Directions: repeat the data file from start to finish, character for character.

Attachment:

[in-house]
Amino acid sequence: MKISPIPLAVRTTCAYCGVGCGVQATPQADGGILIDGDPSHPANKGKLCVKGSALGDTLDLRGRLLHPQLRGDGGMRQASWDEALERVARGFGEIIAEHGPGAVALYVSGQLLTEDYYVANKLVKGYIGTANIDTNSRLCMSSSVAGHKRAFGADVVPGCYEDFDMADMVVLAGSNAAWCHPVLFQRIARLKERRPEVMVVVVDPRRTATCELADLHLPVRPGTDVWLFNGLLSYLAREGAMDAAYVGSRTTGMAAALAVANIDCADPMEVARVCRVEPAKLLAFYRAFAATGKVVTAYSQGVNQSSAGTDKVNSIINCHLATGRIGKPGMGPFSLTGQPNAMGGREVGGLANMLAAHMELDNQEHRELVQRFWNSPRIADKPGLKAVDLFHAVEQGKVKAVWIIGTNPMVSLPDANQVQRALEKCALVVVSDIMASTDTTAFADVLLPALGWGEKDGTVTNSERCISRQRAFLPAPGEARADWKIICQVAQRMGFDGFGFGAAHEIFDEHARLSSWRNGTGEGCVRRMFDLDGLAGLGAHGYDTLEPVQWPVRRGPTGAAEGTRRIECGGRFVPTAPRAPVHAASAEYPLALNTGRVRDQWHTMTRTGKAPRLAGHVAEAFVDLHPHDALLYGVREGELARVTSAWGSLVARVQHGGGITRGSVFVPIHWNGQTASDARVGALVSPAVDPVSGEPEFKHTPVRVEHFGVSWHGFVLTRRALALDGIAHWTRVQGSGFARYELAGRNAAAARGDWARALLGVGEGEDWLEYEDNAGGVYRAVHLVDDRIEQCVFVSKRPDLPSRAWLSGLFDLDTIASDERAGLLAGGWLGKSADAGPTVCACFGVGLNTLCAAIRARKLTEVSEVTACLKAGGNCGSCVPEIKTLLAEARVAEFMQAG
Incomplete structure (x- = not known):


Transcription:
[in-house]
Amino acid sequence: MKISPIPLAVRTTCAYCGVGCGVQATPQADGGILIDGDPSHPANKGKLCVKGSALGDTLDLRGRLLHPQLRGDGGMRQASWDEALERVARGFGEIIAEHGPGAVALYVSGQLLTEDYYVANKLVKGYIGTANIDTNSRLCMSSSVAGHKRAFGADVVPGCYEDFDMADMVVLAGSNAAWCHPVLFQRIARLKERRPEVMVVVVDPRRTATCELADLHLPVRPGTDVWLFNGLLSYLAREGAMDAAYVGSRTTGMAAALAVANIDCADPMEVARVCRVEPAKLLAFYRAFAATGKVVTAYSQGVNQSSAGTDKVNSIINCHLATGRIGKPGMGPFSLTGQPNAMGGREVGGLANMLAAHMELDNQEHRELVQRFWNSPRIADKPGLKAVDLFHAVEQGKVKAVWIIGTNPMVSLPDANQVQRALEKCALVVVSDIMASTDTTAFADVLLPALGWGEKDGTVTNSERCISRQRAFLPAPGEARADWKIICQVAQRMGFDGFGFGAAHEIFDEHARLSSWRNGTGEGCVRRMFDLDGLAGLGAHGYDTLEPVQWPVRRGPTGAAEGTRRIECGGRFVPTAPRAPVHAASAEYPLALNTGRVRDQWHTMTRTGKAPRLAGHVAEAFVDLHPHDALLYGVREGELARVTSAWGSLVARVQHGGGITRGSVFVPIHWNGQTASDARVGALVSPAVDPVSGEPEFKHTPVRVEHFGVSWHGFVLTRRALALDGIAHWTRVQGSGFARYELAGRNAAAARGDWARALLGVGEGEDWLEYEDNAGGVYRAVHLVDDRIEQCVFVSKRPDLPSRAWLSGLFDLDTIASDERAGLLAGGWLGKSADAGPTVCACFGVGLNTLCAAIRARKLTEVSEVTACLKAGGNCGSCVPEIKTLLAEARVAEFMQAG
Incomplete structure (x- = not known):